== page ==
Cloudbench is a multi-benchmark harness that automates Infrastructure as a Service (IaaS) cloud stress and scalability testing through the execution of controlled experiments. In this illustrative example, we use a pair of Application Instance Deployment Request Submitters (AIDRS) to keep generating new Cassandra/YCSB and Hadoop application instances (composed respectively by seven and six instances each), with a specific arrival rate for each AI type.

For instance, Cassandra/YCSB AIs will arrive with an inter-arrival time according to an exponential distribution with a mean of 600 seconds (with maximum and minimum values of 200 and 2000 seconds), while Hadoop application instances will arrive with an inter-arrival time according to a uniform distribution with values between 200 and 900 seconds. Also, the load level of the Hadoop AI is set to be according to a normal distribution with mean 5, standard deviation 2, and maximum and minimal values 1 and 9, while the lifetime is distributed according to a Gaussian with mean 7200, standard deviation 600, and maximum and minimum between 5000 and 8000 seconds. Finally, no more than 400 Cassandra/YCSB “Application Instances” should be created, and we should wait until the number of created AIs is equal to 1000 before stopping submitting requests for the creation of new ones, and then wait for 5 more hours.

expid exp5
patternshow simplecysb
patternalter simplecysb iait=exponentialI600IXI200I2000
patternalter simplecysb max_ais=400
patternshow simplecysb
patternshow simplehd
patternalter simplehd iait=uniformIXIXI200I900
typealter hadoop load_factor=2000000
typealter hadoop load_level=uniformIXIXI1I10
patternshow simplehd lifetime=normalI7200I600I5000I8000
patternshow simplehd
aidrsattach simplecysb
aidrsattach simplehd
waituntil AI ARRIVED=1000
aidrsdetach all
waituntil AI ARRIVING=0
waitfor 5h
aidetach all
monextract all

Through the deployment of multiple workloads at scale, a Cloud IaaS can be evaluated in its multiple aspects, from Control Plane/API/Management to Virtualization performance. CBTOOL currently automates over 65 workloads and workload profiles, including HPC, big data, transactional and synthetic workloads. CBTOOL currently can run against more than 10 different IaaS clouds (for example, Amazon EC2, Google Compute Engine, IBM Softlayer), allowing the definition of experiments using the aforementioned tool-specific abstractions which can then be executed against any cloud.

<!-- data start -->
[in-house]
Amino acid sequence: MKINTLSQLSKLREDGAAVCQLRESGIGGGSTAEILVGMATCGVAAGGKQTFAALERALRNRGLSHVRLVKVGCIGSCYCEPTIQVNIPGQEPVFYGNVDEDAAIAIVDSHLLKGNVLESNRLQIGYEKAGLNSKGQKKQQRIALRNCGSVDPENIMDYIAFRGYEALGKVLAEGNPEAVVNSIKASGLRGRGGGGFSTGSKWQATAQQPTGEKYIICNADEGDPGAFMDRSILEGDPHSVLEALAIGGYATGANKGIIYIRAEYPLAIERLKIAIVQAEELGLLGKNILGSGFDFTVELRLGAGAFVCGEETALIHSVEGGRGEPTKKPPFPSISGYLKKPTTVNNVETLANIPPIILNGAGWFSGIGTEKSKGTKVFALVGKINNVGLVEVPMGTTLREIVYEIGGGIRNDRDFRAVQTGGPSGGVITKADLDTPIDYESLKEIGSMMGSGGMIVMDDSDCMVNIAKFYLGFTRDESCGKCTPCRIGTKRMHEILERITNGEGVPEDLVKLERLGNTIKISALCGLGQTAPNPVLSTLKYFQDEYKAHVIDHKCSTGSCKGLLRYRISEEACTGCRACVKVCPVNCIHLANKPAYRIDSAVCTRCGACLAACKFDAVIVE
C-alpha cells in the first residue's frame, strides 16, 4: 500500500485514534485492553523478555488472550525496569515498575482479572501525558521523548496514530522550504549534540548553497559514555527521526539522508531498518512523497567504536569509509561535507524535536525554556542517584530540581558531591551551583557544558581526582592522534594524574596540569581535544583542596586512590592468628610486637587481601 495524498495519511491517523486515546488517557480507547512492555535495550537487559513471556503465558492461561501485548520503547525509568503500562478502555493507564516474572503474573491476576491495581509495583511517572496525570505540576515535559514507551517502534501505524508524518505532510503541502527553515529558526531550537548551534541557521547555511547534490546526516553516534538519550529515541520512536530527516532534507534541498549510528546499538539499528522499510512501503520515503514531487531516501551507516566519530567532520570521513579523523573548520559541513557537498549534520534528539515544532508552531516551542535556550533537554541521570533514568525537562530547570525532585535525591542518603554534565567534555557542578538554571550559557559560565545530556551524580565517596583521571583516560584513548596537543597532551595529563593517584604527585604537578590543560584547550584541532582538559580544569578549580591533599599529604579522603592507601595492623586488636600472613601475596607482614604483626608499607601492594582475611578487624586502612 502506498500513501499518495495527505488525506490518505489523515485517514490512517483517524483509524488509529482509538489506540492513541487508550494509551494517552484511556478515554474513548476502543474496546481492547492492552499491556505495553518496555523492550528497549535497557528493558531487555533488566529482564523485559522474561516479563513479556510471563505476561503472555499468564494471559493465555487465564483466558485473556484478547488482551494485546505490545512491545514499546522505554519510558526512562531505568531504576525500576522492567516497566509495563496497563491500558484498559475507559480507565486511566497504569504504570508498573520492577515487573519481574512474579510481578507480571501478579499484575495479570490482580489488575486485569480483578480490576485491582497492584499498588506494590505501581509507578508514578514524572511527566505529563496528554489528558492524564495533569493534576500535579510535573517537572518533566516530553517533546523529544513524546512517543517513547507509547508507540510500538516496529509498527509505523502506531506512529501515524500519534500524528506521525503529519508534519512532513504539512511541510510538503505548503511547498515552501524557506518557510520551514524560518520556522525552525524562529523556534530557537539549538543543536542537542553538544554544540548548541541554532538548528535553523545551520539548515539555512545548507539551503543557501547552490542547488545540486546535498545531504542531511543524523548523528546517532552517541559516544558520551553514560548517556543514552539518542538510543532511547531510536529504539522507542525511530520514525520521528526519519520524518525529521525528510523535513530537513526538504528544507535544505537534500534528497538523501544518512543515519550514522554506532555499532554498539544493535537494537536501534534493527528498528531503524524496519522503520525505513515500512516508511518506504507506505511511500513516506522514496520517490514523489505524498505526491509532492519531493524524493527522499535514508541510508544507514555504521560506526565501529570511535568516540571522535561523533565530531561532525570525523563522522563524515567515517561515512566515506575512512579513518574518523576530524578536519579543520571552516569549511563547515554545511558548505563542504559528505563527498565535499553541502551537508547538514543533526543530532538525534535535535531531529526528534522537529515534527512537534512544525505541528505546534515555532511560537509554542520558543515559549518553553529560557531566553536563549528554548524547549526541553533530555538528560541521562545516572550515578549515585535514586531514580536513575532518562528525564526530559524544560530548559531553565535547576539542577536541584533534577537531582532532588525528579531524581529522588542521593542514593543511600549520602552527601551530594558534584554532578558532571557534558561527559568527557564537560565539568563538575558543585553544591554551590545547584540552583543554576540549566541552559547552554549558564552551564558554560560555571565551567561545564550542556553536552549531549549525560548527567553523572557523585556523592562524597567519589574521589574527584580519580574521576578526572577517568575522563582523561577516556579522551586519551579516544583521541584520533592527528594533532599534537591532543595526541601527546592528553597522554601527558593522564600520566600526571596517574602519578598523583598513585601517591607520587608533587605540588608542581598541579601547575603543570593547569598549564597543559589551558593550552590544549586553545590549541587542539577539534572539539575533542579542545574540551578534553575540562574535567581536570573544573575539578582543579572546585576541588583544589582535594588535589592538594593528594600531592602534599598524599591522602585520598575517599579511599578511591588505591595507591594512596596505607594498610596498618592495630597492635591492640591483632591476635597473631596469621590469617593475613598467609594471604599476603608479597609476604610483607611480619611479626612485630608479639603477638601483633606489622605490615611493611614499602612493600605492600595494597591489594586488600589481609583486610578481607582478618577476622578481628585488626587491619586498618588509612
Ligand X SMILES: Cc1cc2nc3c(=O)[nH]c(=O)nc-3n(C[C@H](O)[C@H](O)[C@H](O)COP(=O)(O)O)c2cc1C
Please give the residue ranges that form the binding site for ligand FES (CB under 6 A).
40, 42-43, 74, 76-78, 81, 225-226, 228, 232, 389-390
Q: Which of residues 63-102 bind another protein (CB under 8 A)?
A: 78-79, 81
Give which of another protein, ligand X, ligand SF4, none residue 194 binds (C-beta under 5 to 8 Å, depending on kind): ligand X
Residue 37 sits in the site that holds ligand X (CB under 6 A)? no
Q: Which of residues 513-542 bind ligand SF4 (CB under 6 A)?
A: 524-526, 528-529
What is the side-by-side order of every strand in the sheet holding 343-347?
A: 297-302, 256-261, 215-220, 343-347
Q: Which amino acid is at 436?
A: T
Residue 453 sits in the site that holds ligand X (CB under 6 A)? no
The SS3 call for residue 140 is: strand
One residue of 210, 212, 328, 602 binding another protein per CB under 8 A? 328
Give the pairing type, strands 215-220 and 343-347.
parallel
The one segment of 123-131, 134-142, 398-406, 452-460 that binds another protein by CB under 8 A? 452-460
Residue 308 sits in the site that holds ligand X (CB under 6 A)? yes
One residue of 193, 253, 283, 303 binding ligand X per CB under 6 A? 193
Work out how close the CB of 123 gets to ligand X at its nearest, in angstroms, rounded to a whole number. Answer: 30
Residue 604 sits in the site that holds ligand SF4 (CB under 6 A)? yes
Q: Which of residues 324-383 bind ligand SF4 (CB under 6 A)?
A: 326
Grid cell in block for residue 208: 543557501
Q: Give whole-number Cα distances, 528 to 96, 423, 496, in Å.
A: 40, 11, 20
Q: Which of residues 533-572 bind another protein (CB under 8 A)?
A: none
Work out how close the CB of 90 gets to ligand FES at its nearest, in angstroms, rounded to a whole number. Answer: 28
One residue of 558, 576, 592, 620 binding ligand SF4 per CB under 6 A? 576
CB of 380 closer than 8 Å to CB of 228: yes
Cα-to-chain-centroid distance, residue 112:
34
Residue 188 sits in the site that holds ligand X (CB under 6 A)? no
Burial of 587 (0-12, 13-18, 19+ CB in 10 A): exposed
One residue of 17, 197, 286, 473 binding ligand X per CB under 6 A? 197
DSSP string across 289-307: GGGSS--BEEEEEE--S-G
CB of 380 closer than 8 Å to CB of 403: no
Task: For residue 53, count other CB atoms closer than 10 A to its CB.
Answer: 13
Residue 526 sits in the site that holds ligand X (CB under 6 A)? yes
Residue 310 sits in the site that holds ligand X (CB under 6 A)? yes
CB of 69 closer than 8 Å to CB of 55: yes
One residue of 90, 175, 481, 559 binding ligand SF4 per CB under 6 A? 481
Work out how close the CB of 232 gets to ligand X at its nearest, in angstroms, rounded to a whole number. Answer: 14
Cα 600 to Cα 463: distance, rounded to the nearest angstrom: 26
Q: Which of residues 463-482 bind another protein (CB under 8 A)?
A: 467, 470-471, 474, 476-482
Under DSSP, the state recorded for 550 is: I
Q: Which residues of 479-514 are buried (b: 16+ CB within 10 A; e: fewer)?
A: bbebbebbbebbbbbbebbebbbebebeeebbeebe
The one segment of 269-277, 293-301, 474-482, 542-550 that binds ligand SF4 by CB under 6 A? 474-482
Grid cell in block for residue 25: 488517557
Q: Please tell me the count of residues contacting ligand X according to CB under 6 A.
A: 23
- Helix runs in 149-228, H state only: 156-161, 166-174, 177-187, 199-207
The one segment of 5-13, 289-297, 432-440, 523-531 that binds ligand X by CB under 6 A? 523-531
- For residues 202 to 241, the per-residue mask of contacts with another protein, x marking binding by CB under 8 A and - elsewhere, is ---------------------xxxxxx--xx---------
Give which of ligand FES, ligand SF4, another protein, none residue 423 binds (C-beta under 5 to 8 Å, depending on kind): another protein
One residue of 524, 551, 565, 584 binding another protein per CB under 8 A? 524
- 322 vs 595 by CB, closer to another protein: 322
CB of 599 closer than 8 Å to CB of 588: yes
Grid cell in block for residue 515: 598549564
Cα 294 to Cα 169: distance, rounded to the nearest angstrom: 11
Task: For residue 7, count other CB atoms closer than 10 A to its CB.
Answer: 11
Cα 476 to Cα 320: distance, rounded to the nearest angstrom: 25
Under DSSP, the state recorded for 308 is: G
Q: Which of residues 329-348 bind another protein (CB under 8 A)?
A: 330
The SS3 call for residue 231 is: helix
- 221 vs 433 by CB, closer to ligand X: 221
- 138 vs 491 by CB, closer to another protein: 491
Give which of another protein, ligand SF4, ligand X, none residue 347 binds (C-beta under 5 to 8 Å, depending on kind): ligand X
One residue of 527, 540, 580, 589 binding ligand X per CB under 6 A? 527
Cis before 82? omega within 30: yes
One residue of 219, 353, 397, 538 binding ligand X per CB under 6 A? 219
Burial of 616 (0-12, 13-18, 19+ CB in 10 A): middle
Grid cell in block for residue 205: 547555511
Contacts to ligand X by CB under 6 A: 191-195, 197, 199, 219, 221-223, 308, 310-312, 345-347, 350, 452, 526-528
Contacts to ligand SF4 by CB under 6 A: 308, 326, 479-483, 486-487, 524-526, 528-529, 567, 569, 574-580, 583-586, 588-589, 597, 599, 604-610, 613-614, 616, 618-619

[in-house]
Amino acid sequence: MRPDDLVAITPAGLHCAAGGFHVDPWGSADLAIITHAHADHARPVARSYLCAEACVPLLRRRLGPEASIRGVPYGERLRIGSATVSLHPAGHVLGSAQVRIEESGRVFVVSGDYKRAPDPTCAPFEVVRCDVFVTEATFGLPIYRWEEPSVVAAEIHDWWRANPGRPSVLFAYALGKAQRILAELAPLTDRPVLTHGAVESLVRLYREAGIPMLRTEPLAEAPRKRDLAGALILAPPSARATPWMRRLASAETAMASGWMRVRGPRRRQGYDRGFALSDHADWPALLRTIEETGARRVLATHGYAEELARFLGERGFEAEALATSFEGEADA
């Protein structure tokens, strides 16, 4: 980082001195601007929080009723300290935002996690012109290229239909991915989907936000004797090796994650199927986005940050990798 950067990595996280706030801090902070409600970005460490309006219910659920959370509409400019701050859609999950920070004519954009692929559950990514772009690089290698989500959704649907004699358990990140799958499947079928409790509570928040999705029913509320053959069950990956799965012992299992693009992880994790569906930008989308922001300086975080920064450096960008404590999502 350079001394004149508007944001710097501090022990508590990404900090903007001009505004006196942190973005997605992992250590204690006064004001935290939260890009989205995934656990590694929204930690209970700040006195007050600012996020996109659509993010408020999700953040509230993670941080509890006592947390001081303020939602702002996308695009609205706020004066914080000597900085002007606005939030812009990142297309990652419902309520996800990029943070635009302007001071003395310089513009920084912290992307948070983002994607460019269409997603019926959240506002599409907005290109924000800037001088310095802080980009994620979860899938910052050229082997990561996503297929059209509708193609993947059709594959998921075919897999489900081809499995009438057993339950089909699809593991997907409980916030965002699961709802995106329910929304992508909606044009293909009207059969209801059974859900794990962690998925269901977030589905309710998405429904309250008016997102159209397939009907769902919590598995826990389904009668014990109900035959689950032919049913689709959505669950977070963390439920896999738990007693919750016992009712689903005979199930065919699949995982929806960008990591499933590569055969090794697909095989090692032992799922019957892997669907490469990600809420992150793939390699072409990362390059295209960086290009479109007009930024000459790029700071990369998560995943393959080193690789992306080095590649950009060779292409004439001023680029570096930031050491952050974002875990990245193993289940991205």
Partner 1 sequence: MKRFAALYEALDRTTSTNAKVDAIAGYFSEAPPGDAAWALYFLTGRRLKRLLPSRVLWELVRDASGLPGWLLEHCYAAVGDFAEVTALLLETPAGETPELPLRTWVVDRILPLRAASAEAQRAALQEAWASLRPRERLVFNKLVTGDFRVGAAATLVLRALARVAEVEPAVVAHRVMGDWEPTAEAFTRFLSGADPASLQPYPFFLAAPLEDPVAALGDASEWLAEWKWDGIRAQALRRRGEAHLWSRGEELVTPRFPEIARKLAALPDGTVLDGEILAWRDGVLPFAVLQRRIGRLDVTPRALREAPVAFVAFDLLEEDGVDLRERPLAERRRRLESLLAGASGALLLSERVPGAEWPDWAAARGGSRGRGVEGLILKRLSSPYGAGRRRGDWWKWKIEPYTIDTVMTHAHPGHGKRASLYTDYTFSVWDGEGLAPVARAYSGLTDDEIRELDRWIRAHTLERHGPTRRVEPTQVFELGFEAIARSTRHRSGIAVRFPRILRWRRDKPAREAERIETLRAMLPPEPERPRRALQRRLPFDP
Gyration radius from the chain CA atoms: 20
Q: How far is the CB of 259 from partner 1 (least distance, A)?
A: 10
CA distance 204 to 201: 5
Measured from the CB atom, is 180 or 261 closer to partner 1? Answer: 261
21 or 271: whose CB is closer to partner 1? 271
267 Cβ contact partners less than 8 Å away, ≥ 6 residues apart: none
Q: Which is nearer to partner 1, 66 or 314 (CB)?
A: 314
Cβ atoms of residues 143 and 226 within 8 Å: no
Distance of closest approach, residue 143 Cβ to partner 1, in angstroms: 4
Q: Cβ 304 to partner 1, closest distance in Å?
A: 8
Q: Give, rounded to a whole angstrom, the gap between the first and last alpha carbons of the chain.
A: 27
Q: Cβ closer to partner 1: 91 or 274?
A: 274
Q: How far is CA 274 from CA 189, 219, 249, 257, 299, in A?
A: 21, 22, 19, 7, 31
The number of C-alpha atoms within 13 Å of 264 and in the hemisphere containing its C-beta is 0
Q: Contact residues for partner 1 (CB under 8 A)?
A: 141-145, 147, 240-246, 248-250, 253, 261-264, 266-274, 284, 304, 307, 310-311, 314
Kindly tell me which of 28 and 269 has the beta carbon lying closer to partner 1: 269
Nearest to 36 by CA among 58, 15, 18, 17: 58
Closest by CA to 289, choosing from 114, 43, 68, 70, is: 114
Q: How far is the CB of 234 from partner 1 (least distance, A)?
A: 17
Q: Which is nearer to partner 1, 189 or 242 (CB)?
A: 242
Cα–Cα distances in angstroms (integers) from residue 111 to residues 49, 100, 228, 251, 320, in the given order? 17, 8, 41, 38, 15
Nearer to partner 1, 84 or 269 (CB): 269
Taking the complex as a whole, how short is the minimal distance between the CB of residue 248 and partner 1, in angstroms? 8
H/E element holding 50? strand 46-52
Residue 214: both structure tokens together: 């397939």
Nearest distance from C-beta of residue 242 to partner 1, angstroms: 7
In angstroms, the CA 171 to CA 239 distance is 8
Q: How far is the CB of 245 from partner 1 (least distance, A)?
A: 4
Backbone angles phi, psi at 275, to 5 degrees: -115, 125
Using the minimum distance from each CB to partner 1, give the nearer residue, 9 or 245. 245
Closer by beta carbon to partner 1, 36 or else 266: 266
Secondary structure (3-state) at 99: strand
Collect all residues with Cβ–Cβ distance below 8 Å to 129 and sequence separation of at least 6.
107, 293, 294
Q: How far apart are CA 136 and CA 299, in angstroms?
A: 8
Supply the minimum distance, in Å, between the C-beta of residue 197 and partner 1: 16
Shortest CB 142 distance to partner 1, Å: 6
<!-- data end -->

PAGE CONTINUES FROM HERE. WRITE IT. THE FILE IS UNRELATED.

Image of how the CBTOOL works

CBTOOL has been used to run experiments with tens of thousands of individual instances, and uncovered stress-related bugs in multiple cloud subsystems that were not detected by any other testing methodology. On top of the workload deployment and performance management, CBTOOL also provides the ability to inject faults in key components on a given cloud, thus allowing experimenters to evaluate the performance and reliability (performability) under different demands.

Because of CBTOOL’s flexibility and expansibility (for example, its support for both new IaaS clouds and workload types is constantly expanded), this tool was selected as the core framework behind the recently released SPEC Cloud™ IaaS 2016, the first industry-standard cloud benchmark developed by Standard Performance Evaluation Corporation (SPEC) to measure the scalability and elasticity of IaaS clouds.

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